Los muros nos hablan : graffiti in Valparaíso, Chile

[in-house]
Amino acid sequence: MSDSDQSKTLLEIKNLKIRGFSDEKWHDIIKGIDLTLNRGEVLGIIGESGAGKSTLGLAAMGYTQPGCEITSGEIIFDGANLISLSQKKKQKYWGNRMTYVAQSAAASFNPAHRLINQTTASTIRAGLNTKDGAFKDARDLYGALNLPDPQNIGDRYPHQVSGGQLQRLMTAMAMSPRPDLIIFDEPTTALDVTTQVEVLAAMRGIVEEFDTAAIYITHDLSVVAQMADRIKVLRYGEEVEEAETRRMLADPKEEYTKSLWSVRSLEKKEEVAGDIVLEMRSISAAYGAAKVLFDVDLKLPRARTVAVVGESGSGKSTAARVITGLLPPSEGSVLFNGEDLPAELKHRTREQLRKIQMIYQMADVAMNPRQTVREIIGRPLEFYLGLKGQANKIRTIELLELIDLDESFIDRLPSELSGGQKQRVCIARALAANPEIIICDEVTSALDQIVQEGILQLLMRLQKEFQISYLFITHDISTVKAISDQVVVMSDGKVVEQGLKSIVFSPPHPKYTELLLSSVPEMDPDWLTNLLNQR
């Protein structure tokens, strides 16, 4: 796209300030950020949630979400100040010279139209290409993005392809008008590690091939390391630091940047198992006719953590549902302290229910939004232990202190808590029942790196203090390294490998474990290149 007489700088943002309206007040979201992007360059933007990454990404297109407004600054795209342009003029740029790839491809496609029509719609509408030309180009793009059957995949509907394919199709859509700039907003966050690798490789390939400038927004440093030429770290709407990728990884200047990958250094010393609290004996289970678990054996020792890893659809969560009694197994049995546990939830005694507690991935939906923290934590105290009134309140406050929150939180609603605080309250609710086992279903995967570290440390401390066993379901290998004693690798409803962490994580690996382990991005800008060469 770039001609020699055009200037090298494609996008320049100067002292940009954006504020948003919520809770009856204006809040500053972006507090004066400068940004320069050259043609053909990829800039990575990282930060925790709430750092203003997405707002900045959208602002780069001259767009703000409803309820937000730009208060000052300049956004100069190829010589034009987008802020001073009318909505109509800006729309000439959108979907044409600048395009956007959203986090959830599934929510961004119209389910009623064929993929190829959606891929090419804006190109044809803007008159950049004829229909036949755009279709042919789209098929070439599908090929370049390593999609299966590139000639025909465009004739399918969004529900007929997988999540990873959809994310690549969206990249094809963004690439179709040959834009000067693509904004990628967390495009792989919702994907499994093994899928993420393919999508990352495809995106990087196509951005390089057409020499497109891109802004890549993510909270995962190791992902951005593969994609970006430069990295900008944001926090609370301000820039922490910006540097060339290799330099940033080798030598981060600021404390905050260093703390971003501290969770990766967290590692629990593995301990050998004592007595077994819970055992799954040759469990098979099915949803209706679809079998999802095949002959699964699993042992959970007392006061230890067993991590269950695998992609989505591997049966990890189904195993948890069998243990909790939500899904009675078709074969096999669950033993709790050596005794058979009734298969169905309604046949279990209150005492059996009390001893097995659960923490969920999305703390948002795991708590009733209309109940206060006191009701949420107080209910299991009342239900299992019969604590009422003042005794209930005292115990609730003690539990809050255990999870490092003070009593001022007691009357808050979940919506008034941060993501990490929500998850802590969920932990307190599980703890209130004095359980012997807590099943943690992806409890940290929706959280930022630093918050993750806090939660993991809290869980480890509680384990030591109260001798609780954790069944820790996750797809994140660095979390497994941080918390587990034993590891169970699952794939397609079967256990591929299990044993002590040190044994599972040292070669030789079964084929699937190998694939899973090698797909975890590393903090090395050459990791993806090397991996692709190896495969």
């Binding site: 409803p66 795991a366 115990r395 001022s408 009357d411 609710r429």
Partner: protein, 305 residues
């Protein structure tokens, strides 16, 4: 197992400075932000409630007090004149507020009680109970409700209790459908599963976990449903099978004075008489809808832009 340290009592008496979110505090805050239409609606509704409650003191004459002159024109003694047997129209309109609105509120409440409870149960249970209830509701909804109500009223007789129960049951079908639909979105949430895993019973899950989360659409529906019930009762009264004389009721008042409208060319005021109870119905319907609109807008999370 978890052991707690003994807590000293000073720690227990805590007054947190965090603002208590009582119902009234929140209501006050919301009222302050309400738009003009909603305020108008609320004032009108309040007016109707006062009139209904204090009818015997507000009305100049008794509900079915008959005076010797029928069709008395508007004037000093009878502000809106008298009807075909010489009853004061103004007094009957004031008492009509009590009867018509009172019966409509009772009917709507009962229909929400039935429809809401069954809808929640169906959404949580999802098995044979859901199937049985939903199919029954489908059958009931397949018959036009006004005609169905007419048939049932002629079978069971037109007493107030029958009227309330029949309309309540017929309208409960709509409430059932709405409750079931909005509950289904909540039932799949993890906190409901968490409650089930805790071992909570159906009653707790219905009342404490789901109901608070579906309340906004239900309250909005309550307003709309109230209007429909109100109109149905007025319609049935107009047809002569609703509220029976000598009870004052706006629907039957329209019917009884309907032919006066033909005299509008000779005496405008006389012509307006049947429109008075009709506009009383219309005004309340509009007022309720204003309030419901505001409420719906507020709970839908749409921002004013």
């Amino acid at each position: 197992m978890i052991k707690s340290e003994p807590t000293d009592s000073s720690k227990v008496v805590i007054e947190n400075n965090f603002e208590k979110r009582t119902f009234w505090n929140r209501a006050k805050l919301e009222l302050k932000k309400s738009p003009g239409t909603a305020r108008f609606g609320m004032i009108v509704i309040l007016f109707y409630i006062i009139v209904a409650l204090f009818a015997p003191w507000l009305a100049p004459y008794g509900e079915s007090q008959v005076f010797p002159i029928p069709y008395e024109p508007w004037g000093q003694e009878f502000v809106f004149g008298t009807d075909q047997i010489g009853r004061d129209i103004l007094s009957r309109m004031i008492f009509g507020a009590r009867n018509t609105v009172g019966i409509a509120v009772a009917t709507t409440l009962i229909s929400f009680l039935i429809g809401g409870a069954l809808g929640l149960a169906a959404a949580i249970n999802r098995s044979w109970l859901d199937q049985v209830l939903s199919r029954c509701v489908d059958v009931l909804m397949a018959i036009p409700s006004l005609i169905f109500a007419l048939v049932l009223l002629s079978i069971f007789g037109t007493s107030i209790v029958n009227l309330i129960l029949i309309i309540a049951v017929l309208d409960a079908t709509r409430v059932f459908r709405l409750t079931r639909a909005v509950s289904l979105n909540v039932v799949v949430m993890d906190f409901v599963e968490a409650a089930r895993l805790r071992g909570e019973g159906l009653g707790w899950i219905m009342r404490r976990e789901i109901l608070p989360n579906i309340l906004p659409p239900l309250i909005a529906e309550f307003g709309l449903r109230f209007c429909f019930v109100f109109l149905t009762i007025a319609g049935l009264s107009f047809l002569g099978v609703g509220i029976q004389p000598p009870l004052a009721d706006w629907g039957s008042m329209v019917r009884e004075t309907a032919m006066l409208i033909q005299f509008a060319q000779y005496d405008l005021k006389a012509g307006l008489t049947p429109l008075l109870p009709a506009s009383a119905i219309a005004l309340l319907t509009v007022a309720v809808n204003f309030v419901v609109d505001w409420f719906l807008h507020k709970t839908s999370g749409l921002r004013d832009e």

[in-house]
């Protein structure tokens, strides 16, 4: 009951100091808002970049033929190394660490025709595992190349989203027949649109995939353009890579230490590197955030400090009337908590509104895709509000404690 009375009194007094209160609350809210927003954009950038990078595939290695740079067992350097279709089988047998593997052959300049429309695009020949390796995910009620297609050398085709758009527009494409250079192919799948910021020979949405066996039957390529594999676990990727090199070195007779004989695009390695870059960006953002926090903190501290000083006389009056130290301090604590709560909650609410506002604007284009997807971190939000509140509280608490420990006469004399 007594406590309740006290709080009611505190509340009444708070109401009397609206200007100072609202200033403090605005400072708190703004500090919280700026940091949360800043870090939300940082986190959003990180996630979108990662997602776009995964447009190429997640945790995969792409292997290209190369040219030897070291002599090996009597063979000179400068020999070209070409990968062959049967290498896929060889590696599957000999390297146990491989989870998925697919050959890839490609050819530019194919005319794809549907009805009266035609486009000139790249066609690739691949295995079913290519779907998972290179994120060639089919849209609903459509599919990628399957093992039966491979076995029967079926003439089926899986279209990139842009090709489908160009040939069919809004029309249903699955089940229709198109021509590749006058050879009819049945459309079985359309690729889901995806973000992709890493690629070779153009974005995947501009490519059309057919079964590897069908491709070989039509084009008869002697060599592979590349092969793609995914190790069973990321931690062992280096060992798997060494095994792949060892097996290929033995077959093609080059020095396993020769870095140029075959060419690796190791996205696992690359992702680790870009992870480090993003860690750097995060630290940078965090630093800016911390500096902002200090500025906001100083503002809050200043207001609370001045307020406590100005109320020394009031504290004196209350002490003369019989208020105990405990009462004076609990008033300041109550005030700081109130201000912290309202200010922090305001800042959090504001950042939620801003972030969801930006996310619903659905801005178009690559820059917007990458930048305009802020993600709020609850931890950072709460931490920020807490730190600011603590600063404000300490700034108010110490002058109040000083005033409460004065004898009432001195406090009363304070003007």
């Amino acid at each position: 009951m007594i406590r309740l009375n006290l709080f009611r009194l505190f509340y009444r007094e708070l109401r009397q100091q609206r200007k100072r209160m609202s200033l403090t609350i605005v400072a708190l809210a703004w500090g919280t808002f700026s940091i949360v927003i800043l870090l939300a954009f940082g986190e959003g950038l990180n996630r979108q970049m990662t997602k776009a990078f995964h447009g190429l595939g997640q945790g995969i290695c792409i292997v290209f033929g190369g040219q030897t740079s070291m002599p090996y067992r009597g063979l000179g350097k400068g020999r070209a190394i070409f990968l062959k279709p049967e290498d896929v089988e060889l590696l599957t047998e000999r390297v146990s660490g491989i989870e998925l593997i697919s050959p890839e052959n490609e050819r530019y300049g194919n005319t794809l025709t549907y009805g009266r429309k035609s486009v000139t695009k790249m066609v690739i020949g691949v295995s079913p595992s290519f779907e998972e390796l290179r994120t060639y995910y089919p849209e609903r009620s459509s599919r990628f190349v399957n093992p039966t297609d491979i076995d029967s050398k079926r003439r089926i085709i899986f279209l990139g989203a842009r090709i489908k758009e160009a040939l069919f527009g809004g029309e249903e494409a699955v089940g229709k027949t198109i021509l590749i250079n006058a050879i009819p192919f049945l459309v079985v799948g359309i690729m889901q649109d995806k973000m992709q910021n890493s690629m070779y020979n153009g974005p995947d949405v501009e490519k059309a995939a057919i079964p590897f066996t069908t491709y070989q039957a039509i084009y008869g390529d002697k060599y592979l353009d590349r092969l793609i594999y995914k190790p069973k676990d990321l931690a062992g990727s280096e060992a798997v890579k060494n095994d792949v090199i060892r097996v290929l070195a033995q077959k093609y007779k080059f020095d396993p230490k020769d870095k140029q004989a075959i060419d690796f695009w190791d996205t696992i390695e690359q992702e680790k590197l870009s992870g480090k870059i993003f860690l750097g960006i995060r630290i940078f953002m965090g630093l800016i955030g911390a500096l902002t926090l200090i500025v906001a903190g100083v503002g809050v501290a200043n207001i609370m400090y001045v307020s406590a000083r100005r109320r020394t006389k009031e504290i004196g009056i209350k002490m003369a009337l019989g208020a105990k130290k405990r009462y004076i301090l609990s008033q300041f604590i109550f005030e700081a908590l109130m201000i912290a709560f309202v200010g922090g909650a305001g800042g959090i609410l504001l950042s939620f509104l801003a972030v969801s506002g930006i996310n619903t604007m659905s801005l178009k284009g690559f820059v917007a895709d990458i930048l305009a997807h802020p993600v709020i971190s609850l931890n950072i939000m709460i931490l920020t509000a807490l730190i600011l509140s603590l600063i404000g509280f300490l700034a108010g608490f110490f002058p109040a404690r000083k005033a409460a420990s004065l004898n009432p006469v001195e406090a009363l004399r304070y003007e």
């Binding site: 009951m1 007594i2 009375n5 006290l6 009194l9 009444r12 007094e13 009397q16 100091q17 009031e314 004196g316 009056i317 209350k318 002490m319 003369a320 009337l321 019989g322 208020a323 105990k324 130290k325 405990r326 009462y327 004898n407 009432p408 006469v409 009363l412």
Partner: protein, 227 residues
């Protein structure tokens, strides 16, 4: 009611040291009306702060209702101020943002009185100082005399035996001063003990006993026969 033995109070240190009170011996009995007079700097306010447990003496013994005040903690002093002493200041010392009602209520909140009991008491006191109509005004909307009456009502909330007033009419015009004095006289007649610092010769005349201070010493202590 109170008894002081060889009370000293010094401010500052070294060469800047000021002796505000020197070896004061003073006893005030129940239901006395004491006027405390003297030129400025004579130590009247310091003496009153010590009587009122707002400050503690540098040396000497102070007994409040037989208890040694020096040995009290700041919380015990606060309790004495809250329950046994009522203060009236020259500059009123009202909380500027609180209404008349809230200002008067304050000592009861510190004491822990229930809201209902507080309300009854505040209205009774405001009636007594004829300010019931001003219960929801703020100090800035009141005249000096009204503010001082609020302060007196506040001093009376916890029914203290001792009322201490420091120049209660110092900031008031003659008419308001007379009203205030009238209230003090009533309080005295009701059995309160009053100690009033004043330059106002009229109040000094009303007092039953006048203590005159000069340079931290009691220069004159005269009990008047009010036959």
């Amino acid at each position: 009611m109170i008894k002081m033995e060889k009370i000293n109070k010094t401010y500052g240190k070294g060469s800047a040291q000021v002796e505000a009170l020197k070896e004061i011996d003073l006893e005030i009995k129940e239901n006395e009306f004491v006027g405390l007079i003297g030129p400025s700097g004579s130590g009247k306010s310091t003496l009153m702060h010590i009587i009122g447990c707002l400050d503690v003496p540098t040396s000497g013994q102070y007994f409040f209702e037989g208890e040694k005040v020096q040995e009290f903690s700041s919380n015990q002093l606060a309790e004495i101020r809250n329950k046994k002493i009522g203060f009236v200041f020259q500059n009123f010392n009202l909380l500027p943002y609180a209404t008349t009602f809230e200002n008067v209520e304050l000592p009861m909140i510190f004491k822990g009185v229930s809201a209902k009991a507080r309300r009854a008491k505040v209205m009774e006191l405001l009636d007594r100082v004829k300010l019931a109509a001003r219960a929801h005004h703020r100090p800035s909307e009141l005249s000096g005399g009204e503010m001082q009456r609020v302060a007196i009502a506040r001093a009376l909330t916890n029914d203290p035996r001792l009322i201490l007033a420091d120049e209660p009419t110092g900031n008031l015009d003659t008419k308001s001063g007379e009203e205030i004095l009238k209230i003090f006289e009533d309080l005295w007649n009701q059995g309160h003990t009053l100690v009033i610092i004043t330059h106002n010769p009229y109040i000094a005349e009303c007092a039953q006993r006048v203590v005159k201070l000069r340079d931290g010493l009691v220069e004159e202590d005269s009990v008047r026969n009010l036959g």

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The city of Valparaiso is an incredibly complex city with multiple actors each with a different cultural agenda. Compounded by the unclear laws and politics surrounding the 2003 UNESCO world heritage designation, it is an urban center brimming with tension. Within this space, graffiti articulates an unmediated, anti-hegemonic voice within the public sphere. The tactics and strategies used to disseminate this cultural expression have allowed graffiti to find a tenuous, if ever present existence in the city. Paradoxically, as the individual authors tactically and strategically align to produce a forceful graffiti movement, they have also put themselves and their graffiti in a position where it can be usurped and used for the purposes of promoting Valparaiso as a hip, bohemian site of authentic, consumable culture. Graffiti can be read as a written signal of disaccord, yet its move into the codified gallery spaces of Chilean government re-inscribe graffiti within a historical cannon determined by cultural and government authorities. By exploring graffiti in São Paulo as a parallel to graffiti in Valparaiso and the Expo Graffiti Porteño, I problematize the practice of delineating graffiti into categories of art verses vandalism. This division is polemical and divisive and obscures the significance of all and any graffiti within the public sphere. Ultimately, this project seeks to examine graffiti’s marginal position and the consequences of its acceptance by institutions that confer artistic or cultural legitimacy.